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Cuyahoga Common Pleas Court Judge Brendan J. Sheehan recently rejected a challenge to the controversial Intoxilyzer 8000 BAC testing machine, but the issue of the device’s reliability is far from settled. Trial court judges from across the state have expressed concerns over the 8000’s operation, and the Twelfth District Court of Appeals is set to rule on its reliability any day now.

Under State v. Vega, 12 Ohio St.3d 185, 465 N.E.2d 1303 (1984), defendants are precluded from generally challenging the reliability of breath alcohol instruments. In State v. Welch, Judge Sheehan noted that the legislature “delegated examination of the validity and reliability” of widely used BAC testing equipment to the Director of Health, and that – so far – the Director’s “decision to adopt the Intoxilyzer 8000 and to promulgate regulations for its use have not been challenged successfully.”

The defendant in Welch contended that the 8000 was unreliable because its method of measurement could erroneously record higher alcohol content for individuals with gastric reflux disorders. Welch also argued that the 8000 was unreliable “because there have been periodic improvements to the operating software and a new version” of the 8000 is scheduled for release.

Welch offered the testimony of Dr. Staubus, an expert familiar with the inner workings of the Intoxilyzer 8000. However, the court found that the expert witness offered only anecdotal evidence regarding the potential problems with the 8000, which did not “qualify as scientific procedures, tests, or experiments admissible under Evid. R. 702. [* * *] Therefore, even if Dr. Staubus’ testimony could be used to challenge the general reliability of the Intoxilyzer 8000 in contravention of Vega, the proffered evidence fails to qualify as a scientific study sufficient to do so.”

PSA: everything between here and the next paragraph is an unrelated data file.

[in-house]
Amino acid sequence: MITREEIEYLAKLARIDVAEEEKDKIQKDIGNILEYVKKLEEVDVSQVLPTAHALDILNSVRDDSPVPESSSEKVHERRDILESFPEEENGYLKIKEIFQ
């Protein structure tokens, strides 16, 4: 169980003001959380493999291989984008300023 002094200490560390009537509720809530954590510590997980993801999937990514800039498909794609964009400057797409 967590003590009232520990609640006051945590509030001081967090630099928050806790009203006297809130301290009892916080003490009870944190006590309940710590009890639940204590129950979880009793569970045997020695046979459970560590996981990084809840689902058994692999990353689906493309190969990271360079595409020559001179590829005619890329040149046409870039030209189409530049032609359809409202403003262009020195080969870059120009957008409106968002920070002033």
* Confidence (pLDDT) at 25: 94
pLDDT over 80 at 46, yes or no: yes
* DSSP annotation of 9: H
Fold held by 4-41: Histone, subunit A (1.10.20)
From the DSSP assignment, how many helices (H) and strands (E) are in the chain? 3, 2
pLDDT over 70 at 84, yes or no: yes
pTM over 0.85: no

The court left open the possibility that a defense expert who offers scientific evidence admissible under Evid.R. 702 that the 8000 is unreliable may succeed in challenging the device.

A much more favorable ruling for defendants came from the Painesville Municipal Court on June 1, 2012. Granting the defendant’s motion to suppress the results of the 8000 BAC test, the court found that:

The Intoxilyzer 8000 is a new device that does not appear to have been shown to be accurate and reliable in the courts in Ohio [* * *] This court finds that the State has not persuasively shown the reliability of the Intoxilyzer 8000. [* * *] Therefore, this Court finds the Intoxilyzer 8000 does not meet the standards for admission into evidence.

The Eleventh District Court of Appeals is likely to take up that case in the near future. As of yet, no Ohio appeals court has ruled on the general reliability of the Intoxilyzer 8000. Until those rulings come down, the admissibility of the 8000 is likely to be challenged in trial courts across the state.

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